Friday, September 24, 2021

Mt. Arayat soon a protected landscape

THE Department of Environment and Natural Resources (DENR) has placed Mt. Arayat National Park under a Protected Area Suitability Assessment (PASA), which is part of the long process of elevating the status of the area into a protected landscape.

The new Republic Act No. 11038, or the Expanded National Integrated Protected Areas System (ENipas) Act of 2018, mandates all national parks to be designated as initial component of the system and be subjected under a PASA.

“There is very high biodiversity at Mt. Arayat,” DENR-Provincial Environment and Natural Resources officer Laudemir Salac said, adding that conservation efforts must be strengthened to protect the biodiversity of the national park.

Salac said that the elevation of the area into a protected landscape would be ideal in addressing the need to protect the national park in line with the current situation of human activities in the area.

The ENipas Act defines protected landscapes as areas of national significance which are characterized by the harmonious interaction of man and land while providing opportunities for public enjoyment through recreation and tourism within the normal lifestyle and economic activity of these areas.

“In a national park, per se, there should be no human activity in the area. But we must accept that there are already inhabitants in the area,” Salac said, stressing that the protected landscape status would enable the DENR to manage and strongly regulate the activity of the people in the area with the help of the Protected Area Management Board (PAMB).

The PAMB is a multi-sectoral governing board chaired by the DENR and composed of representatives from the local governments, other government agencies, people’s organizations, and non-government organizations.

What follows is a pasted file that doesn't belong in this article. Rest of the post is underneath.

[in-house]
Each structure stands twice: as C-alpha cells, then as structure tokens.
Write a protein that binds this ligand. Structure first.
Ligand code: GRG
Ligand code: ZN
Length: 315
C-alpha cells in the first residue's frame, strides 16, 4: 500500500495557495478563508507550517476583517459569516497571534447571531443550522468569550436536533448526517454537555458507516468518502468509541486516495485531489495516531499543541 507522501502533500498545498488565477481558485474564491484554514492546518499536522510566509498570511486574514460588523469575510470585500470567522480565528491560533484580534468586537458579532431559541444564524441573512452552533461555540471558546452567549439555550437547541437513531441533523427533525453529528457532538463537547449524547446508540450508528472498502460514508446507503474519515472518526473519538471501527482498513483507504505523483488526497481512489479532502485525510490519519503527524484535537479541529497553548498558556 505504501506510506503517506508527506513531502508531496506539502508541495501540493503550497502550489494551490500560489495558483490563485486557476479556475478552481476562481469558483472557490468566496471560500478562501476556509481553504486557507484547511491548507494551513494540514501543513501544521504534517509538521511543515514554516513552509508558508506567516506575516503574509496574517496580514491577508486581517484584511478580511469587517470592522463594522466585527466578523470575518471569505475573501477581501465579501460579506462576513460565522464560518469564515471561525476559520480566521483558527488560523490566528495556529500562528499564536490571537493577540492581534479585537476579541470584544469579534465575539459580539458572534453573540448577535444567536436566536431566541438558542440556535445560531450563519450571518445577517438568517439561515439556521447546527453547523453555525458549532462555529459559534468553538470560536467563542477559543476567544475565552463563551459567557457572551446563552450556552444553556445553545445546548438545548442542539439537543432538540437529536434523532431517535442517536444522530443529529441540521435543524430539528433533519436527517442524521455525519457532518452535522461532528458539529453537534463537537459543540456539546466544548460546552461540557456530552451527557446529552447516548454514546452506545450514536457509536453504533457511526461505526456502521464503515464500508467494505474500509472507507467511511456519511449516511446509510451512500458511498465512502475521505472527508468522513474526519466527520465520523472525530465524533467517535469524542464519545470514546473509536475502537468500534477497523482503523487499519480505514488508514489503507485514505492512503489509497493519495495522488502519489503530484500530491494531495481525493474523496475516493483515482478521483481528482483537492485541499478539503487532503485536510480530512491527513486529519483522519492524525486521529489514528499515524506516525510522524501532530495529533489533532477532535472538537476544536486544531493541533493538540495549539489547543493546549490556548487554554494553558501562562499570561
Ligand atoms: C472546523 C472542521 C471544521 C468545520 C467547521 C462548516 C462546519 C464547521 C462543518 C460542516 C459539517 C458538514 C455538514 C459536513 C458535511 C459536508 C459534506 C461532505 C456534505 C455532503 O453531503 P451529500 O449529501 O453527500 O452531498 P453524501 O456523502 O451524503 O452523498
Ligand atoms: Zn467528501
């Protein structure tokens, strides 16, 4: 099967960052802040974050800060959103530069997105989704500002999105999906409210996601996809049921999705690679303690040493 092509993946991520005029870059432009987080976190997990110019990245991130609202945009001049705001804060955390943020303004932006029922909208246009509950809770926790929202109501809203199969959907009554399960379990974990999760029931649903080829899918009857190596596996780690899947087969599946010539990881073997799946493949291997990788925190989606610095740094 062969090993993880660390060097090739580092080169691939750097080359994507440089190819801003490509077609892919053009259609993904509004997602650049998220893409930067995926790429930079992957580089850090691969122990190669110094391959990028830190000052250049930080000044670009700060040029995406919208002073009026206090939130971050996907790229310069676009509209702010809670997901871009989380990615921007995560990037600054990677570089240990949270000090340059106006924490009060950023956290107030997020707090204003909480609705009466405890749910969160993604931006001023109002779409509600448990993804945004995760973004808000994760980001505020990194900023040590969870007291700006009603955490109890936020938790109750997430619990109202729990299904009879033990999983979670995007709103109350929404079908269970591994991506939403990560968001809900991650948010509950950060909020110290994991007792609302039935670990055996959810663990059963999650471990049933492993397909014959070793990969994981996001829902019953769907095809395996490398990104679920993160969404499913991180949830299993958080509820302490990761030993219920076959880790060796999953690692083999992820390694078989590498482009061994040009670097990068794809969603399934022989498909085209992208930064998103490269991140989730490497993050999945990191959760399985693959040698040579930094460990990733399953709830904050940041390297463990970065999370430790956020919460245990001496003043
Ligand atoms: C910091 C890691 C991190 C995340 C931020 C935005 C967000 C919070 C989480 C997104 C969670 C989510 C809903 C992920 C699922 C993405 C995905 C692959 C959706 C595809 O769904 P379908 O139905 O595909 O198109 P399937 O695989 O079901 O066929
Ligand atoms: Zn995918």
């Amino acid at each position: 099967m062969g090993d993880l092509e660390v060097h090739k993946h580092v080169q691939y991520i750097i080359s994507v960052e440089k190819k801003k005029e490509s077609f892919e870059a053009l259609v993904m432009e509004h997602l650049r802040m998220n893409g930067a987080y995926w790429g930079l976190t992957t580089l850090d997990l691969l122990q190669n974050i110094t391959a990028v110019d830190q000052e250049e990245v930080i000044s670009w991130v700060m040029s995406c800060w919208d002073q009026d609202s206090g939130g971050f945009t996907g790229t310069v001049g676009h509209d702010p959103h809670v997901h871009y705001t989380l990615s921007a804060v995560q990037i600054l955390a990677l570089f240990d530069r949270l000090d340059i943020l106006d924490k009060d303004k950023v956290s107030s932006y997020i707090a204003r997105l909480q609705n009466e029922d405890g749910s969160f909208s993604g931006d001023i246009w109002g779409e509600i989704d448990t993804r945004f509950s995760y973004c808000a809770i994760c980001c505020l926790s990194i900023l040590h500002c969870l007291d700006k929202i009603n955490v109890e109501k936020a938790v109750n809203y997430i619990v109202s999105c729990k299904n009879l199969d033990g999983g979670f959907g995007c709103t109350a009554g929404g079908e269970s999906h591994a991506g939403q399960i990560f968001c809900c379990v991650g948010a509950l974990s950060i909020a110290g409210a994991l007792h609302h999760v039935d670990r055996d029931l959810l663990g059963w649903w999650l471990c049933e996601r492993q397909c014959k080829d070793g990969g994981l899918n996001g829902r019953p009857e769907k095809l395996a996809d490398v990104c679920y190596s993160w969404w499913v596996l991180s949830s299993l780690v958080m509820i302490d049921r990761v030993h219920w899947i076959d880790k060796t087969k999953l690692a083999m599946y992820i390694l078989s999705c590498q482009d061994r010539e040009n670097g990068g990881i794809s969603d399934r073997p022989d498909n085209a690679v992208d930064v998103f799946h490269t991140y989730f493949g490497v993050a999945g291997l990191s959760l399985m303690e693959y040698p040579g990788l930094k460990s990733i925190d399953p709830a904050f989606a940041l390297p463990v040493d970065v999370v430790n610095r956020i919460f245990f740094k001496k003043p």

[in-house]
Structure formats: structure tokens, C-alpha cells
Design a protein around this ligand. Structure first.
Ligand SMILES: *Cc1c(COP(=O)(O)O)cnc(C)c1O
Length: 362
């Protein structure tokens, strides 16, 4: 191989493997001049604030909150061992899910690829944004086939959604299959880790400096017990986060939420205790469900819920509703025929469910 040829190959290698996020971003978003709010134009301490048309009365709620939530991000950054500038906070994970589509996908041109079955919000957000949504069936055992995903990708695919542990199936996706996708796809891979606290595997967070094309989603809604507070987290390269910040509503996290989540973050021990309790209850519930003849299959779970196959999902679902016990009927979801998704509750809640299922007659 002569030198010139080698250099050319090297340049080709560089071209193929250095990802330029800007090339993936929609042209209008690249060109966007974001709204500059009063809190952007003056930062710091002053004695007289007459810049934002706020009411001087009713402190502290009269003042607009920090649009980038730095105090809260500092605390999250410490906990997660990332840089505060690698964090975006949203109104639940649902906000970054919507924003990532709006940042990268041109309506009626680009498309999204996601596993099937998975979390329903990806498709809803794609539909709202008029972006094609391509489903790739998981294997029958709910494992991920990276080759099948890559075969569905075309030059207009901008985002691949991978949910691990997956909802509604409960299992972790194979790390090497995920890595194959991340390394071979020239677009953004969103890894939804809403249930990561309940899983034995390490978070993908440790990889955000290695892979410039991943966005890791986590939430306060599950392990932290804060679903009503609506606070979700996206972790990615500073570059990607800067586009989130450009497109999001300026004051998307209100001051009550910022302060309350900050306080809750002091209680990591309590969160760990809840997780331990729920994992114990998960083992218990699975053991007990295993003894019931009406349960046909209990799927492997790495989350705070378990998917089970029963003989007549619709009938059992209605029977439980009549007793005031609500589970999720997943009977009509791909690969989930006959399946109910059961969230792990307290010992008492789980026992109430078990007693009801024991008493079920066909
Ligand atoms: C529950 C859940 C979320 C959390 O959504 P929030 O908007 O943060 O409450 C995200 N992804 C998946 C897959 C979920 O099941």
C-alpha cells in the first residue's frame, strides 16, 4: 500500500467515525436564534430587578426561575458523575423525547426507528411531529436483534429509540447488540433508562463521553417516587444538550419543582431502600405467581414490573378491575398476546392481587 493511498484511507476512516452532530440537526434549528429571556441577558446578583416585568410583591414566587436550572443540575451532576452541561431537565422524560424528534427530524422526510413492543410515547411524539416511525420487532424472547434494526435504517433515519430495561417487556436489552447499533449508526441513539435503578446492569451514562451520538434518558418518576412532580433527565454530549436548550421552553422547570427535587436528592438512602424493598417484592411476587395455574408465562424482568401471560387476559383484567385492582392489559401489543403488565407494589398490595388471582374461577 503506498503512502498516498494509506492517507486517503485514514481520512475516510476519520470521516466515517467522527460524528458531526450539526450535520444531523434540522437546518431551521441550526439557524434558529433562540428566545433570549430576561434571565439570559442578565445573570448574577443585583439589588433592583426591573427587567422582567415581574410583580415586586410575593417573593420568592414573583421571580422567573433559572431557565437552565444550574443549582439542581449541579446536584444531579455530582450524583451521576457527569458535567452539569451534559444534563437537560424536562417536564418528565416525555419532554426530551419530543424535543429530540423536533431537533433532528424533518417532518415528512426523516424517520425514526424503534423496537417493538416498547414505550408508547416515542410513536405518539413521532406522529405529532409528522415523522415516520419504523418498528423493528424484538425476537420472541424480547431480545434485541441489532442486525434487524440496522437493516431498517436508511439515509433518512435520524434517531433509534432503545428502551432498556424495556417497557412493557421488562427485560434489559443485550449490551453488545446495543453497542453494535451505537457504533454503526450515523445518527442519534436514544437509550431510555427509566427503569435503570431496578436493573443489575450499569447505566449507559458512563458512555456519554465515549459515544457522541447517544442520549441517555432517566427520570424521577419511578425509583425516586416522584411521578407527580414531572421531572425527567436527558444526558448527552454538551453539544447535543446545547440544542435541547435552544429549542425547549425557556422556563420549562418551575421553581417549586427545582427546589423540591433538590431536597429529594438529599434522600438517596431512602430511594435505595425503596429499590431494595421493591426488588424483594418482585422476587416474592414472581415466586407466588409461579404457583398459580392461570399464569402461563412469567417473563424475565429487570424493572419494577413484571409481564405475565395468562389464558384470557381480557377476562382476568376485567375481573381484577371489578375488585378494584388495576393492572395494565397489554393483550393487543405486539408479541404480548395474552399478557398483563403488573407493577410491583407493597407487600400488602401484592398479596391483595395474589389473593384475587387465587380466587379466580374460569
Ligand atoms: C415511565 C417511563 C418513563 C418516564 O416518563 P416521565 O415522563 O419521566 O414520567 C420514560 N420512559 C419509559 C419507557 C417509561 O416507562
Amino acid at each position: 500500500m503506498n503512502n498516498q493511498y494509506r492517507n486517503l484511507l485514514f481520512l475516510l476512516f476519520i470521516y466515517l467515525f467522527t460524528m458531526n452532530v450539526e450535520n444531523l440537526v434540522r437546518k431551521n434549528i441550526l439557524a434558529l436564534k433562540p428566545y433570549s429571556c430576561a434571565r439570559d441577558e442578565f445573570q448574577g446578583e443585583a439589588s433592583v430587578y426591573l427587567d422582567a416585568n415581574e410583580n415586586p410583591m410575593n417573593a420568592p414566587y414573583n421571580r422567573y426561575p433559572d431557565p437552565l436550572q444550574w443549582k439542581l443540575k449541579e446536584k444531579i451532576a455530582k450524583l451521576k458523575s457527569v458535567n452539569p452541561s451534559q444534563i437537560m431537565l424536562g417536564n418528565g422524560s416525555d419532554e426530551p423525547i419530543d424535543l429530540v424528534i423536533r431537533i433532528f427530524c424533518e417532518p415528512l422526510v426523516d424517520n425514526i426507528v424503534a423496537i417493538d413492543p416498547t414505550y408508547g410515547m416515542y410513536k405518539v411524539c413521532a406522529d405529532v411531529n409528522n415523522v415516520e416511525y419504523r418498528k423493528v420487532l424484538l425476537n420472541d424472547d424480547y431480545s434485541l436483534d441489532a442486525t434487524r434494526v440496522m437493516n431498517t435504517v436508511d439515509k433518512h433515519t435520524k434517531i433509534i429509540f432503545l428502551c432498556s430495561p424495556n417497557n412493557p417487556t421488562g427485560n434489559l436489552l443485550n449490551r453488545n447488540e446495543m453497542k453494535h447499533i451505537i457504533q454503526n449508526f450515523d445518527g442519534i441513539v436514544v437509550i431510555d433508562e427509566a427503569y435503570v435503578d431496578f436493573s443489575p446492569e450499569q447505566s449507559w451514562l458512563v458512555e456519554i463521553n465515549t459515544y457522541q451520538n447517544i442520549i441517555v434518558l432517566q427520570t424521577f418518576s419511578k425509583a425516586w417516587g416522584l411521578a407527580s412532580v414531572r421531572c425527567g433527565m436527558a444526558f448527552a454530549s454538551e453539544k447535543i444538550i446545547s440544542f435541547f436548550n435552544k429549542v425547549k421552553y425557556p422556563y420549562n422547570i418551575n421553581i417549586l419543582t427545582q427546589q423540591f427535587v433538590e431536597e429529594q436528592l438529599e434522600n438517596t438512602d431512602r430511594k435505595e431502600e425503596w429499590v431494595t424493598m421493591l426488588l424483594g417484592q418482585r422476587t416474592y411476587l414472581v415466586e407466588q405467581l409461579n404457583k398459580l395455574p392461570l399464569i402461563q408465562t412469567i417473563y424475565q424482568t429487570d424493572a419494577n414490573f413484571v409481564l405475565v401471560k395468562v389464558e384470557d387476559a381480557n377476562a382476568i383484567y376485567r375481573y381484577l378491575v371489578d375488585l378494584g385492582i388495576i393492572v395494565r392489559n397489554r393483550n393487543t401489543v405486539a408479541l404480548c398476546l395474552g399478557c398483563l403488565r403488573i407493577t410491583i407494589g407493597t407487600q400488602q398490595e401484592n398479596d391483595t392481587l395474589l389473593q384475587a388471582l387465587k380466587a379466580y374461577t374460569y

Salacsaid that they are now strengthening the PAMB so that it can fully implement its functions under the ENipas Act.

The board decides on matters related to planning, resource protection, and general administration of the protected area, including the delineation of boundaries, buffer zones among others.

Mt. Arayat National Park

Mt. Arayat National Park is comprised of Mt. Arayat and some 3,715 hectares of its rolling and moderately rugged terrain. Mt. Arayat was formerly known as “Bunduk Alaya” or “Eastern Mountain” while Arayat is the name of the town where majority of the mountain’s area is located. Eventually, people began referring to the mountain as Mt. Arayat.

Rising at a height of 1,026 meters above sea level, the mountain is considered as an extinct strato volcano whose circular volcanic crater measures 1.2 kilometers in diameter, according to the DENR. The mountain is part of the Kapampangans’ proud heritage with creation stories and legends revolving around the fabled mountain.

Mt. Arayat National Park covers portions of the eight barangays of Arayat town and another five barangays in Magalang town.

Conservation efforts on Mt. Arayat started as early 1921 when it was established as a forest reserve under Proclamation No. 40.

In 1933, the President Manuel Quezon issued Presidential Proclamation No. 594 establishing the mountain and its environs as a national park.

Quezon had taken a liking to the mountain’s lush surroundings that he began developing his own estates in Keledian, now Barangay Camba, and Barangay Suclayin.

The President and his wife Aurora would often visit their estates which, in a way, helped focus interest on the nearby national park.

President Quezon again issued following Proclamation No. 203 that clearly established the boundaries of the national park. Some10 hectares of the park had been set aside for the development of a recreational facility where the San Juan Baño resort now sits.